Re-Conceptualizing developmental areas of assessment for screening, eligibility determination and program planning in early intervention

Bonnie Keilty, Patricia Blasco, Serra Acar

Research output: Contribution to journalArticle

1 Citation (Scopus)

Abstract

Contemporary recommended practices in early childhood assessment strive to gain a holistic picture of child learning and development to inform screening, eligibility, and program planning decisions. These practices have traditionally focused on competencies reflected in developmental domains with limited attention to the approaches-tolearning used to acquire those competencies. In this article, we call for the examination of early childhood constructs that impact a child's ability to learn and develop, such as executive function (EF), mastery motivation, self-regulation and selfdetermination, specifically in the infant-toddler period. With EF defined as a wide range of central control processes in the brain that link and categorize information that is discernible in cognitive, motor, and behavioral responses [1], we propose a model of EF as the core construct that drives and unites these learning processes and describe how the model can be applied to Part C early intervention screening, assessment, eligibility determination, and program planning, as well as identify future directions in research and personnel preparation.

Original languageEnglish (US)
Pages (from-to)218-229
Number of pages12
JournalJournal of Intellectual Disability - Diagnosis and Treatment
Volume3
Issue number4
DOIs
StatePublished - 2015
Externally publishedYes

Fingerprint

Eligibility Determination
program planning
Executive Function
childhood
Learning
Aptitude
control process
Child Development
self-regulation
Motivation
learning process
infant
brain
personnel
Research Personnel
examination
Brain
ability
learning

Keywords

  • Approaches-to-learning
  • Assessment
  • Early intervention
  • Eligibility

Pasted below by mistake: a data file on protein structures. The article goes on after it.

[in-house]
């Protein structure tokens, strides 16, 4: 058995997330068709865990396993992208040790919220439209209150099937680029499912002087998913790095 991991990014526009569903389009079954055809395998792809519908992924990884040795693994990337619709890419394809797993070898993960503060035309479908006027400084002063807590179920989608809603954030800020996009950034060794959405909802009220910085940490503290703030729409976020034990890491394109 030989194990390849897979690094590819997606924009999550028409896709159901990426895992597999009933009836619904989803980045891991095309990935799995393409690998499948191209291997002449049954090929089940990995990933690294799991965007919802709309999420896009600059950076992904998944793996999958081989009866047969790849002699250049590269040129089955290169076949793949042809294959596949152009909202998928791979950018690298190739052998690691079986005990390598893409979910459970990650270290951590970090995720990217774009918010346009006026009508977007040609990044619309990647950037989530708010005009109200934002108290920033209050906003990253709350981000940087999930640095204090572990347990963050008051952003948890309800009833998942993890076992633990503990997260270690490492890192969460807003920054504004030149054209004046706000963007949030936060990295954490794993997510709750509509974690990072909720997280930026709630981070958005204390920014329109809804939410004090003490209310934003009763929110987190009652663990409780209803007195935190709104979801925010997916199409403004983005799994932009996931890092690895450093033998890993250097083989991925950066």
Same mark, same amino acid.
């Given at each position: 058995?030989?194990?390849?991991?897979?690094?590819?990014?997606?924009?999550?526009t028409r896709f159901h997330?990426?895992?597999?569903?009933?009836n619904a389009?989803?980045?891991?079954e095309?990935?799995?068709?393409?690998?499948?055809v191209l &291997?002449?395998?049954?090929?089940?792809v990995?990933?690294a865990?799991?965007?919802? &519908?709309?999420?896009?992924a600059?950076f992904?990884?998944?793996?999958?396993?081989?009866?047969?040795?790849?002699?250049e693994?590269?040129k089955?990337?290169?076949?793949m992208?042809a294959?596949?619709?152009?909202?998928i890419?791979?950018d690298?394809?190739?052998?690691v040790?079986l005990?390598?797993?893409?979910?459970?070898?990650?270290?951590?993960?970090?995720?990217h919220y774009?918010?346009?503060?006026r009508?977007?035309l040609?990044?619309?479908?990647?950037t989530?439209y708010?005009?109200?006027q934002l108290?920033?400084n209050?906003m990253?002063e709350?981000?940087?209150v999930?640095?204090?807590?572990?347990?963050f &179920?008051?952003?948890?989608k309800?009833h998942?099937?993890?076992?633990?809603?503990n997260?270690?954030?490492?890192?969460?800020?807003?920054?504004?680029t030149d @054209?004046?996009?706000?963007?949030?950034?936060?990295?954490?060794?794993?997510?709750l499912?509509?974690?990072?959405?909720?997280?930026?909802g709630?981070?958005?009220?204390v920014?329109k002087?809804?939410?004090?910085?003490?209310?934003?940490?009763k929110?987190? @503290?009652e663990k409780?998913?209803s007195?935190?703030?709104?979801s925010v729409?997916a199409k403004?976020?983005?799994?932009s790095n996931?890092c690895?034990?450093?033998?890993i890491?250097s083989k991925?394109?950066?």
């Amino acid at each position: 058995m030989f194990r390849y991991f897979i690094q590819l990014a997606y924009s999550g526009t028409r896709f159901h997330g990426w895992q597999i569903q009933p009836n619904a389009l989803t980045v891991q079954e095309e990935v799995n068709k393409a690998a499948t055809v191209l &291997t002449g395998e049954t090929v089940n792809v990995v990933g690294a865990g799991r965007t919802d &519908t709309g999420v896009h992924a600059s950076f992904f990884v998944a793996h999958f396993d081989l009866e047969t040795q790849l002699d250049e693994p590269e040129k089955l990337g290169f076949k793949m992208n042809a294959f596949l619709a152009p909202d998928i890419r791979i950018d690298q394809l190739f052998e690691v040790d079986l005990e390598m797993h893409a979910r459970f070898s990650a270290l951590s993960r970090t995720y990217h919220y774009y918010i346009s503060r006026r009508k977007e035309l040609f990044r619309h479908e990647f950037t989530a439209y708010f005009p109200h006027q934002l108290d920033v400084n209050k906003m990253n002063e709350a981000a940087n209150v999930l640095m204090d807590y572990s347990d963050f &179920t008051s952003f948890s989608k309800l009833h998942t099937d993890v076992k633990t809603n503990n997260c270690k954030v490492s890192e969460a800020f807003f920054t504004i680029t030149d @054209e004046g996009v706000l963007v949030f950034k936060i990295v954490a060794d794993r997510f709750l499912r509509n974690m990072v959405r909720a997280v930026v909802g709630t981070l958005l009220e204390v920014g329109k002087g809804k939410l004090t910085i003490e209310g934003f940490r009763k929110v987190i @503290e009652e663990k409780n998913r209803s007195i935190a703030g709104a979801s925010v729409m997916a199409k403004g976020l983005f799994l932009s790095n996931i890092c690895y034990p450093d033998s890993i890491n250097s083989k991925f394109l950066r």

• Executive function
  • Program planning

ASJC Scopus subject areas

  • Psychiatry and Mental health
  • Clinical Neurology
  • Neurology
  • Applied Psychology
  • Developmental and Educational Psychology
  • Health(social science)

Cite this

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abstract = "Contemporary recommended practices in early childhood assessment strive to gain a holistic picture of child learning and development to inform screening, eligibility, and program planning decisions. These practices have traditionally focused on competencies reflected in developmental domains with limited attention to the approaches-tolearning used to acquire those competencies. In this article, we call for the examination of early childhood constructs that impact a child's ability to learn and develop, such as executive function (EF), mastery motivation, self-regulation and selfdetermination, specifically in the infant-toddler period. With EF defined as a wide range of central control processes in the brain that link and categorize information that is discernible in cognitive, motor, and behavioral responses [1], we propose a model of EF as the core construct that drives and unites these learning processes and describe how the model can be applied to Part C early intervention screening, assessment, eligibility determination, and program planning, as well as identify future directions in research and personnel preparation.",
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